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Are you still closing tabs?

Are you still closing tabs?

K-12 monitoring software can be incredibly helpful when students are learning on Chromebooks or other mobile devices. Most tools provide visibility into what learners are doing online and give teachers the ability to close tabs. Closing tabs is crucial when learners encounter harmful or inappropriate content online, but oftentimes educators can get stuck in a constant game of whack-a-mole with learners because their monitoring software doesn’t facilitate ways to develop digital citizenship skills in their students. Hāpara Highlights offers a better way to use monitoring software in K-12 classrooms with features that encourage digital citizenship, so teachers can move away from closing tabs and toward a measurable impact on student behavior. 

Let’s explore the continuum of the four types of monitoring software used in K-12 education, and where some of the available tools on the market sit on it. 


Solely closing tabs

Teachers are provided with a monitoring tool, and proceed to close off-task browser windows. Students may be unaware that their browsing is being monitored, and are displeased to find that they are monitored.

How can Hāpara help? 

Hāpara Highlights has a feature called “Reason for closing tabs.” It prompts the teacher to provide a reason every time they attempt to close a tab. Students may be digital natives, but they still have to be taught digital citizenship and providing them with the reason that their tab is being closed is one step toward doing that. If a student doesn’t know why their tab was closed, how can they correct the behavior that caused that to happen? Schools can customize their reasons to phrases such as: 

  • Hello! I see you’re lost on the internet. 🙂 Please redirect your focus to the right task!
  • This site does not reflect our learning right now. 
  • Please focus on our classwork.

Teachers can also send short messages to students to redirect them, encourage them or give them a warning that their current behavior needs to be corrected.


Locked down and hand held

A new classroom dynamic is taking hold. The teacher has grown accustomed to closing browser windows, and students are aware that they are being watched. Teacher tab closing exists, and classroom management is dependent on catching and redirecting off-task or inappropriate browsing behavior. Students are aware they are being watched. Student behavior is only changed through punitive and coerced action through limiting accessible websites, and forcibly closed tabs with off-task behavior reporting used for disciplinary reasons.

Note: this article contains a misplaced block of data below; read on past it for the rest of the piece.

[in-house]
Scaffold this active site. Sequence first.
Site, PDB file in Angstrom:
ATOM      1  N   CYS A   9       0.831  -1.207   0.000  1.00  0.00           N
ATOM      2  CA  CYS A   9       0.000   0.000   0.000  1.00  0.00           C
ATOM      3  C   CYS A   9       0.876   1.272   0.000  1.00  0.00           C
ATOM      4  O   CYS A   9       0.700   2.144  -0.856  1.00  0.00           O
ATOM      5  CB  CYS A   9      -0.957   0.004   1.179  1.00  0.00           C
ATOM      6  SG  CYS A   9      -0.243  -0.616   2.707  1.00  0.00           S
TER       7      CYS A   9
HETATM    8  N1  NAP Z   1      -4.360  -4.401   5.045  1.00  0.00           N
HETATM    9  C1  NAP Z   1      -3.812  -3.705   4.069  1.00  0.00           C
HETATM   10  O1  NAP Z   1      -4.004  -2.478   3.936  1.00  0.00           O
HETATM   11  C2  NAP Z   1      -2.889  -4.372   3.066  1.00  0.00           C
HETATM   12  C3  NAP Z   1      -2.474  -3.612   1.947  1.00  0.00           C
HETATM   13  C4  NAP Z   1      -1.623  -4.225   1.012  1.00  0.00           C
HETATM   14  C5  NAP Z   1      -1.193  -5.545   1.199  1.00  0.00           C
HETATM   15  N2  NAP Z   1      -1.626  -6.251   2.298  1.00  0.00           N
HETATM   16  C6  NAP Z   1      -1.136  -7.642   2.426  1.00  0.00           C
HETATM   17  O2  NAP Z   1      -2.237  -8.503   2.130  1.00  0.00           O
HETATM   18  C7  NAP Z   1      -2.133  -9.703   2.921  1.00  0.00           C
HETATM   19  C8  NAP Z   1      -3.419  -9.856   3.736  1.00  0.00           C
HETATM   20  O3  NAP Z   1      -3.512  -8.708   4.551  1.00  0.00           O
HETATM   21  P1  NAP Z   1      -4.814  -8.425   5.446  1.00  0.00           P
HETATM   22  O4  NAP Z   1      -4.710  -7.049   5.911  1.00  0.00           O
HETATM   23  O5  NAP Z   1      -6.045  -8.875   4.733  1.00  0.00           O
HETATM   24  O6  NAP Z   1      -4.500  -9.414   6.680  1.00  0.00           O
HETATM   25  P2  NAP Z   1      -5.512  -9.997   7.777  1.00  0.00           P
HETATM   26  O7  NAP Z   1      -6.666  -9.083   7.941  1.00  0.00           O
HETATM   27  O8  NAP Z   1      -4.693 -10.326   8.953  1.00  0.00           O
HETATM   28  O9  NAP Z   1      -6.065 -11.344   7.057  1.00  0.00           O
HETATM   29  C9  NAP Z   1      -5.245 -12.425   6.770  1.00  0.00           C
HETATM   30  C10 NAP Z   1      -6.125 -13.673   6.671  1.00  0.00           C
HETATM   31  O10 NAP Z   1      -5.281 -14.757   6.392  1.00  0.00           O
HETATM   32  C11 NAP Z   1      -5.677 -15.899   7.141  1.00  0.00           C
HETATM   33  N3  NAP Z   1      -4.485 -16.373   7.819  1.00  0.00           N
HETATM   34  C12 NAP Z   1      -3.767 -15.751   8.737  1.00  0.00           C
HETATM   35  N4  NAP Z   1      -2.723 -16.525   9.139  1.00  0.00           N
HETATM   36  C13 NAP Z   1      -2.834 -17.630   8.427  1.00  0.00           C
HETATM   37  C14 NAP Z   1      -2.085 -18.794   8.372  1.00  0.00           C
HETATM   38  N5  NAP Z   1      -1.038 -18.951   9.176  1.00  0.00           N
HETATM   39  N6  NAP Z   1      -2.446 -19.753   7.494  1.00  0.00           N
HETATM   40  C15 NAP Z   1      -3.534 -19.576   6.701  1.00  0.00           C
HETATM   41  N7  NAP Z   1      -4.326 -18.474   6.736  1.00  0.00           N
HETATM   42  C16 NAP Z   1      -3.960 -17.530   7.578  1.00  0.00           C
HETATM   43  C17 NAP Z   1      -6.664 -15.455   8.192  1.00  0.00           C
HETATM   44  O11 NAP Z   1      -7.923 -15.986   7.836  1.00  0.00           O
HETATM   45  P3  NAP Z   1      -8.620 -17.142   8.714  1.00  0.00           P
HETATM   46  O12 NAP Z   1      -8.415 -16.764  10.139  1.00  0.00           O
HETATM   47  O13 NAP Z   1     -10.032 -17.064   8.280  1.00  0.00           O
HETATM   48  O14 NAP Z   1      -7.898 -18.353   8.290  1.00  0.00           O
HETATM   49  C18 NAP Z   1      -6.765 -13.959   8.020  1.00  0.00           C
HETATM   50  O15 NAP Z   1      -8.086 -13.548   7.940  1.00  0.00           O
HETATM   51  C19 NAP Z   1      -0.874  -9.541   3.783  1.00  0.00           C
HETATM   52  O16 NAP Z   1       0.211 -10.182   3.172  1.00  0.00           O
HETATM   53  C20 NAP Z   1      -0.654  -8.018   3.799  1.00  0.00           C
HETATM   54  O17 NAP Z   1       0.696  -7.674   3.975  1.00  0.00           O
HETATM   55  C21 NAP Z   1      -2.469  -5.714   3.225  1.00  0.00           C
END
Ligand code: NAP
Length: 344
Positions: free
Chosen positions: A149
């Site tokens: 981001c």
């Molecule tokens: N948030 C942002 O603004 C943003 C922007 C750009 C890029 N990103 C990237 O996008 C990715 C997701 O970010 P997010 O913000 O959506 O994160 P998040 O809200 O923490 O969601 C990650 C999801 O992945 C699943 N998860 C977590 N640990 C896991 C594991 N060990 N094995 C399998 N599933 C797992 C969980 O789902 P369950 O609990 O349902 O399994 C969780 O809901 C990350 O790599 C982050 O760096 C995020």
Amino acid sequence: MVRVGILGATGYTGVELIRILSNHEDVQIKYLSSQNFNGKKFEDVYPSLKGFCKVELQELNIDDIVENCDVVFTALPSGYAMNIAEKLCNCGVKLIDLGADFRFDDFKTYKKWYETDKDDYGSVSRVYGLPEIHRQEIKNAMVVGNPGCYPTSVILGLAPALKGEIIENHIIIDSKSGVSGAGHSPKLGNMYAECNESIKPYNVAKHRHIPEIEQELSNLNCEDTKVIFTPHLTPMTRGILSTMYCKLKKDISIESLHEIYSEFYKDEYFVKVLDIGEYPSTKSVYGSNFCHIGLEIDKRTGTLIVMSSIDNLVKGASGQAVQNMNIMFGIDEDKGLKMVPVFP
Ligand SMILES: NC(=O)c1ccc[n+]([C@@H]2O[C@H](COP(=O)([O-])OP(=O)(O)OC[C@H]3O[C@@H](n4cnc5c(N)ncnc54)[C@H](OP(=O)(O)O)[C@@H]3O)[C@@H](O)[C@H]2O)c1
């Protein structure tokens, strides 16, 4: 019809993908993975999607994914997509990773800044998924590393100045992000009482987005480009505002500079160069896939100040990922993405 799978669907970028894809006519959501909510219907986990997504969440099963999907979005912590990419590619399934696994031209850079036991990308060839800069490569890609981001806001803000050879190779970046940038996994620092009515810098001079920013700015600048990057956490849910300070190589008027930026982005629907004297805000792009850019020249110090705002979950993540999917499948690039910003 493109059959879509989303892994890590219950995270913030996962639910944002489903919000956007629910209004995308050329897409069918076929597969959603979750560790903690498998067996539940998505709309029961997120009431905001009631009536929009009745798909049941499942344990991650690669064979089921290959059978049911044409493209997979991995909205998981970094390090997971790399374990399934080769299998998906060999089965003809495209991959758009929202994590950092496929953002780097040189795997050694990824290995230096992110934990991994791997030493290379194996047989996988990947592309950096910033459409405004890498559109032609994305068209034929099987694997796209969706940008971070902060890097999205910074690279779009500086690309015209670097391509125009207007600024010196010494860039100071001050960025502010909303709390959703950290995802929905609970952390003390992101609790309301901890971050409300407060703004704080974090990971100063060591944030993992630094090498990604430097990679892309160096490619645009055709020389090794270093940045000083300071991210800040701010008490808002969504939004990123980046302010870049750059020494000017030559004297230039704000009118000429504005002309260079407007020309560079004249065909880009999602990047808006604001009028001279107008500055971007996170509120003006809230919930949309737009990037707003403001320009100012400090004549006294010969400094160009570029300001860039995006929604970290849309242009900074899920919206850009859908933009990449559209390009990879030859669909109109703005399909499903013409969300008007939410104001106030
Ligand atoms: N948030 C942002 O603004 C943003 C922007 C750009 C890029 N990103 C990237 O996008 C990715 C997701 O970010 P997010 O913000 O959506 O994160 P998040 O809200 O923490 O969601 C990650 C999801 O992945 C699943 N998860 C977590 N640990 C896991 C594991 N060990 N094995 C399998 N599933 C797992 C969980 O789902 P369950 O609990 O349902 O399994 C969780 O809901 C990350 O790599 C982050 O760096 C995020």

How can Hāpara help? 

In Highlights teachers can focus student browsing on a group of sites they have curated in advance that model reputable websites that provide reliable information. Teachers can gradually increase the collection of sites that students can use for learning. They can also create templates so that they don’t have to enter lists of allowed URLs every day. Since learners grow at different paces in their digital citizenship they can focus student browsing for different lists of curated websites and pages for groups or individual students. 


Structured and semi-independent learning

Here the classroom dynamic begins to change, for the better. Classrooms in this phase are undergoing a gradual release of teacher control to support student agency and independent learning. The teacher has largely moved beyond the role of tech warden and can return to a pre-1:1 role as that of a … teacher! Students have been educated on the proper use of technology in the classroom, and use their computer as a learning tool.

How can Hāpara help? 

Teachers can begin to rely less on limiting students to particular websites, and instead filter out websites that typically distract them. In this scenario, a teacher may want to only filter out the latest online game that all of their students are crazy about while still allowing them the freedom to explore online for learning. During this time, teachers may want to share out specific links directly to learners’ devices if they see that they are on a website that is distracting or simply isn’t useful for the type of work the learner is doing. 


Independent learning 

At this phase, students have attained the ability to stay on task during class time. The cat and mouse game of monitoring has given way to the tool being used to aid learning.

How can Hāpara help? 

This is the point where the possibilities of teacher-student collaboration really open up with Highlights. For example, since the teacher can see their student working on a Google Doc assignment, they can send quick feedback and messages of encouragement. They can also quickly provide direction if a student needs more clarity on a topic. 

Hāpara Highlights is the only Chrome browser monitoring tool that moves teachers and students toward true digital citizenship and enables them to use the internet to enhance learning. This sets learners up for success in their K-12 journey and later in life in the workforce.

To learn more about how Highlights stacks up against other Chrome browser monitoring tools, download our free infographic.

Infographic - Are you still closing tabs?

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Learn what to focus on when building a culture of digital citizenship, including conversation starters for learners and educators!

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